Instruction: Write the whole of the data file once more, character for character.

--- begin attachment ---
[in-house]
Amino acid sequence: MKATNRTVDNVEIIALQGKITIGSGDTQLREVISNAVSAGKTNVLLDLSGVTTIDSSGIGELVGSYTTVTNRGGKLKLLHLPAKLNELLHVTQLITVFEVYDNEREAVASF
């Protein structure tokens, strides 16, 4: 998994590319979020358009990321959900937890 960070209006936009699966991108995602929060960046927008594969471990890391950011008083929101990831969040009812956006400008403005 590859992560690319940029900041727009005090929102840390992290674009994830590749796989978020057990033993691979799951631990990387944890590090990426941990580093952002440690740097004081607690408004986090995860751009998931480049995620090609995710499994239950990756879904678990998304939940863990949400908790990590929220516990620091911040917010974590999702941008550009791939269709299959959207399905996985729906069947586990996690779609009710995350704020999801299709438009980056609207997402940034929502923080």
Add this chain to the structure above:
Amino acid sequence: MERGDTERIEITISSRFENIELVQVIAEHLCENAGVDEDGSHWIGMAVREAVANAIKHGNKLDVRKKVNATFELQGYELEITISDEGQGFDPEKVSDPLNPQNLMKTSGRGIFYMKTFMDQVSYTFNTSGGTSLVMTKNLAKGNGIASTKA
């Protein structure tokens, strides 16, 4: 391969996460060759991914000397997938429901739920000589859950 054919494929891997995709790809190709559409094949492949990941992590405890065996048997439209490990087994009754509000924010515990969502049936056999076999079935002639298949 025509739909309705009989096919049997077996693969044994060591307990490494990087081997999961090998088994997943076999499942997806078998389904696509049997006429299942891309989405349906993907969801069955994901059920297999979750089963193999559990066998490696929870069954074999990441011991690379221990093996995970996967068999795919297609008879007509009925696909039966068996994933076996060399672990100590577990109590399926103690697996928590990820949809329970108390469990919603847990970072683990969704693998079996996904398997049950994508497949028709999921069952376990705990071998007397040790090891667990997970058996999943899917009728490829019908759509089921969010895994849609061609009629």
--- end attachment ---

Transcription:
[in-house]
Amino acid sequence: MKATNRTVDNVEIIALQGKITIGSGDTQLREVISNAVSAGKTNVLLDLSGVTTIDSSGIGELVGSYTTVTNRGGKLKLLHLPAKLNELLHVTQLITVFEVYDNEREAVASF
């Protein structure tokens, strides 16, 4: 998994590319979020358009990321959900937890 960070209006936009699966991108995602929060960046927008594969471990890391950011008083929101990831969040009812956006400008403005 590859992560690319940029900041727009005090929102840390992290674009994830590749796989978020057990033993691979799951631990990387944890590090990426941990580093952002440690740097004081607690408004986090995860751009998931480049995620090609995710499994239950990756879904678990998304939940863990949400908790990590929220516990620091911040917010974590999702941008550009791939269709299959959207399905996985729906069947586990996690779609009710995350704020999801299709438009980056609207997402940034929502923080």
Add this chain to the structure above:
Amino acid sequence: MERGDTERIEITISSRFENIELVQVIAEHLCENAGVDEDGSHWIGMAVREAVANAIKHGNKLDVRKKVNATFELQGYELEITISDEGQGFDPEKVSDPLNPQNLMKTSGRGIFYMKTFMDQVSYTFNTSGGTSLVMTKNLAKGNGIASTKA
């Protein structure tokens, strides 16, 4: 391969996460060759991914000397997938429901739920000589859950 054919494929891997995709790809190709559409094949492949990941992590405890065996048997439209490990087994009754509000924010515990969502049936056999076999079935002639298949 025509739909309705009989096919049997077996693969044994060591307990490494990087081997999961090998088994997943076999499942997806078998389904696509049997006429299942891309989405349906993907969801069955994901059920297999979750089963193999559990066998490696929870069954074999990441011991690379221990093996995970996967068999795919297609008879007509009925696909039966068996994933076996060399672990100590577990109590399926103690697996928590990820949809329970108390469990919603847990970072683990969704693998079996996904398997049950994508497949028709999921069952376990705990071998007397040790090891667990997970058996999943899917009728490829019908759509089921969010895994849609061609009629």